Archive for December, 2010

Bananas in Dirty Pyjamas

Bananas are always good for a comment or three.  And none more than Aussie bananas.  But lets start at home.  Turners & Growers have a few good things to say about Bonita BananasMG Marketing, the importers of Dole Bananas make a fleeting comment about bananas on their website and for Gracio Bananas, imported directly by Woolworths/Progressive, information is also easily available.

One thing that all three importers offer the New Zealand consumer is access to bananas of more or less consistent quality at prices that do not fluctuate wildly.  Let’s have a quick look across the ditch, shall we?

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Peter, Peter, Pumpkin Eater

The further North one travels in New Zealand, the warmer it gets and the earlier various fruit and vegetable seasons start.  Added to this generally accurate statement comes the existence  of micro-climates, pockets of climatic conditions which suit one crop or another.

When people hear Dargaville or Ruawai mentioned, the first thing that comes to mind are Kumara.  Not surprising, given that 95% of the country’s crop are grown in the area.  The dairy industry comes a close second and as one follows the winding road between the  Brynderwyns  turnoff and Ruawai, across one lane bridges and mangrove swamps and through stands of cabbage trees and cattle on open paddocks, one could be forgiven for thinking that this is it.  Kumara and milk.
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What Happens When Existing Brands Get Abandoned!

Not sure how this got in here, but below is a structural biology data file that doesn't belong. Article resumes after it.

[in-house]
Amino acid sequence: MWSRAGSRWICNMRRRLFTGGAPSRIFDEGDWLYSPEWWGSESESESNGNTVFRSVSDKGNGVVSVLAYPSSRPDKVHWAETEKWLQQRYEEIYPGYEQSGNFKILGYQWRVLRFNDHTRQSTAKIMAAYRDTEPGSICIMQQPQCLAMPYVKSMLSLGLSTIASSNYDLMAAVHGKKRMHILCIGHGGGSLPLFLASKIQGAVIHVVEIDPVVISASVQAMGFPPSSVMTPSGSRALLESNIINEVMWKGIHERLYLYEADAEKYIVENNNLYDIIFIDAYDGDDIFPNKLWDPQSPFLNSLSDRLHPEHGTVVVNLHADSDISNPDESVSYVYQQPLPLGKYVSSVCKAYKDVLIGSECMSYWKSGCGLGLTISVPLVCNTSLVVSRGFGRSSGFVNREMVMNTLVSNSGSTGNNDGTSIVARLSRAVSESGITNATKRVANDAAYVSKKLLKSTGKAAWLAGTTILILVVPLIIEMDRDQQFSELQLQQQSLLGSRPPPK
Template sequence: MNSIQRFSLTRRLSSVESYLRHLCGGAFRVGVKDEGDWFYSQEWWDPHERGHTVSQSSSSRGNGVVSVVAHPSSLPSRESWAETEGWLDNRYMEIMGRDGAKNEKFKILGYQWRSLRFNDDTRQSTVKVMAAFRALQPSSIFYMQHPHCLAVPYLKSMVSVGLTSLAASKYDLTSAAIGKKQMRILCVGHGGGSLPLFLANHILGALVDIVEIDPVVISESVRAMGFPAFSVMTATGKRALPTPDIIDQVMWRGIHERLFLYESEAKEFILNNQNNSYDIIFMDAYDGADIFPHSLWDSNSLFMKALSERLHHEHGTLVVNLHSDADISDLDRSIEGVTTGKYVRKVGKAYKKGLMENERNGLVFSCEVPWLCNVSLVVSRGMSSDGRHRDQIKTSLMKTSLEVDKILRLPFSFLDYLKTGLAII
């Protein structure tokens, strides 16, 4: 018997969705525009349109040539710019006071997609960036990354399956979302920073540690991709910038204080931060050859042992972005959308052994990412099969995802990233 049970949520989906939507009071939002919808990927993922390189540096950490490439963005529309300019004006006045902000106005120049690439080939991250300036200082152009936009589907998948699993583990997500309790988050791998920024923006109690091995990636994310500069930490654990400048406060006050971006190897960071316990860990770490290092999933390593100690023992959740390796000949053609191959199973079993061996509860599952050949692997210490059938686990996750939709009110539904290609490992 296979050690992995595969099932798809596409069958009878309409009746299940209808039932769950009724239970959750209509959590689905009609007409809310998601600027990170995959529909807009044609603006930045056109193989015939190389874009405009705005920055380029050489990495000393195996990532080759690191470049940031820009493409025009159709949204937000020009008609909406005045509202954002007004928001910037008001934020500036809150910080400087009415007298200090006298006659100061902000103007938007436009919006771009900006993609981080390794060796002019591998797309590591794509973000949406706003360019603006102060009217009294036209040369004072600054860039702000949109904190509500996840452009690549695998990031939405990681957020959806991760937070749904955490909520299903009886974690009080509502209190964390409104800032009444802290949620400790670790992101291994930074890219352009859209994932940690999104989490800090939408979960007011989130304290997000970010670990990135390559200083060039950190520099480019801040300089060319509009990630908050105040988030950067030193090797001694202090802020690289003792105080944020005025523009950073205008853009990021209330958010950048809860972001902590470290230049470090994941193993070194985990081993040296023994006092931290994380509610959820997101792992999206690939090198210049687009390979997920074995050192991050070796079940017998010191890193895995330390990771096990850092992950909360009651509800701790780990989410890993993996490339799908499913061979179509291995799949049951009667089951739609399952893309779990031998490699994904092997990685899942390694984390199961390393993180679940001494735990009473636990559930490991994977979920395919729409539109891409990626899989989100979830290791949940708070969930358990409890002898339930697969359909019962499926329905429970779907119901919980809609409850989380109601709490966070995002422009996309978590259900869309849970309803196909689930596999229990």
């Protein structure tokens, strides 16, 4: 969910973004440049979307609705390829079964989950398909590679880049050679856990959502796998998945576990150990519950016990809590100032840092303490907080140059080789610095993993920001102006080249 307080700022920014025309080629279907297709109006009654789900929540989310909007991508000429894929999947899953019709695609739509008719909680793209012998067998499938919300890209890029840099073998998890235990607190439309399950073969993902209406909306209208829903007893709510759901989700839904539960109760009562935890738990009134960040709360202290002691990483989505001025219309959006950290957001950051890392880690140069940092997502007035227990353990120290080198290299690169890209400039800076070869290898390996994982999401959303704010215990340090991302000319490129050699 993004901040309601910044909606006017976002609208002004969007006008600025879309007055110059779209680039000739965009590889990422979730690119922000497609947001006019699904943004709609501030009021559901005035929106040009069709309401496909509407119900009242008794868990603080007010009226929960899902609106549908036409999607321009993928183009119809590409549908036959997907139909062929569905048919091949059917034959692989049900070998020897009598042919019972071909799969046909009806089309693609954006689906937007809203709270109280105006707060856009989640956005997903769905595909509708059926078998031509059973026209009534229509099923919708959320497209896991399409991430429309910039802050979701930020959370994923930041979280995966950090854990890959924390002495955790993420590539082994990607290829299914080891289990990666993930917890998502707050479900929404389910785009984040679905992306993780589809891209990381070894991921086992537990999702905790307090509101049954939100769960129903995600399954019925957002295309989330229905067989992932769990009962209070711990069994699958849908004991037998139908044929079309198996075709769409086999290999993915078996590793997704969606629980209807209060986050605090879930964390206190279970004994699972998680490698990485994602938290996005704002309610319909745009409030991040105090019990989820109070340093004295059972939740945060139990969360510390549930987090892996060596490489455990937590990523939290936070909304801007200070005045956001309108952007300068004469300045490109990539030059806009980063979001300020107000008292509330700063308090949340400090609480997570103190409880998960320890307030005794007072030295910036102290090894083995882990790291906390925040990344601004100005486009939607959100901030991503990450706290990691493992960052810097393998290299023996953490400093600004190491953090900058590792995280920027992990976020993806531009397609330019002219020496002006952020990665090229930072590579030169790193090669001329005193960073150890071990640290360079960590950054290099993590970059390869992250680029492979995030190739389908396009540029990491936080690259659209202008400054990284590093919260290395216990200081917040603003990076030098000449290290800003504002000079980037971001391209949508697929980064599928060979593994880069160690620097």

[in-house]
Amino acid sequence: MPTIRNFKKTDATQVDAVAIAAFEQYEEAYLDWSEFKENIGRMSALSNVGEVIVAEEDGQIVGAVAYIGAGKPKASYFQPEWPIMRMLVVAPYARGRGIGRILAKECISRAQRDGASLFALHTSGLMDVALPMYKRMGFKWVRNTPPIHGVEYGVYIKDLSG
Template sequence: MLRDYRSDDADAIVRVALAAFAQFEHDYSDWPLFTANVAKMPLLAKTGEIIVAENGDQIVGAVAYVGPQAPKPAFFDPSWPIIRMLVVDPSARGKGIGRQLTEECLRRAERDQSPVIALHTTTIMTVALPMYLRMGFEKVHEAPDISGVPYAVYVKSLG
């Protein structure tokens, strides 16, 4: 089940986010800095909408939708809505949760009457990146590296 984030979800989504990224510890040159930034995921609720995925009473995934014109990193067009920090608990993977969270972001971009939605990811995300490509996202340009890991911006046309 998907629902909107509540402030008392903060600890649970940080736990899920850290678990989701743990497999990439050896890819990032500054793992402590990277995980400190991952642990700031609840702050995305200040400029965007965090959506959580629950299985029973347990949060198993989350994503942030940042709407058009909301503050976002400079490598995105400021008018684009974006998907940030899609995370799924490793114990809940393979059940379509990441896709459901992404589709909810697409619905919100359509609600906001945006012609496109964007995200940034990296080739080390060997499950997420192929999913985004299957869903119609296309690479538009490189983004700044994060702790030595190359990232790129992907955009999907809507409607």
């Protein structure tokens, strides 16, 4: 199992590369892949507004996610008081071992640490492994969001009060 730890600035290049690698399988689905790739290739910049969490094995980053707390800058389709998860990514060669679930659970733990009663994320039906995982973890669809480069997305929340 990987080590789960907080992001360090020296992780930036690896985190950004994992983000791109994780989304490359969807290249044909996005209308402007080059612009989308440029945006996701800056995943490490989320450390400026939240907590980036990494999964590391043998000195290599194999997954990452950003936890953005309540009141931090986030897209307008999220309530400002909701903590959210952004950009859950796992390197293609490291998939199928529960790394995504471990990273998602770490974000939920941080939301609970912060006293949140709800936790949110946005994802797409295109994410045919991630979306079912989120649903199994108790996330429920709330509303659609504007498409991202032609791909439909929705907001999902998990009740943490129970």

Woolworths Australia has been pretty clear in its 2010 messages.  The “Triple Dip” approach to managing its supermarket brands in New Zealand will be abandoned. The Woolworths and Foodtown brands will disappear. Countdown will reign supreme and takes on the competition. Nothing wrong with that at all – and the message that an iconic New Zealand brand is up for grabs seems to be getting  through, judging by this shop sign I came across in central Wellington earlier this year!

It seems the Foodtown brand will survive after all!

Time for Reflection – in more ways than one

I had planned for some time now to use the days between Christmas and New Year to put some light hearted reflection pieces onto this blog.  Partially based on impressions gained  or photographs taken during the year but never processed at the time, partially on ‘hey, 2011 is coming up, shouldn’t we think about some New Year resolutions’, and partially on aspects about the produce industry which are worth exploration beyond a quick mention on the day they appear topical.  Add to this the fact that I have a tendency to get into ‘deep thinking’ mode this time of year anyway, given my birthday is on the last day of the year and one could expect a right little mix at this point in time.

So, that is where I had got to by the time I opened this morning’s Herald. Two articles leapt out at me amongst all the post Boxing Day sales hysteria advertisements.  The first one was an article on consumerism and choice on the lead page of the business section.  Just as I said to myself, “blimey, that looks like a serious piece of journalism, what is happening at the Herald?”, I spotted the by-line.  “From the Economist”, it said.  In other words, Granny Herald is still on holiday and can’t be bothered.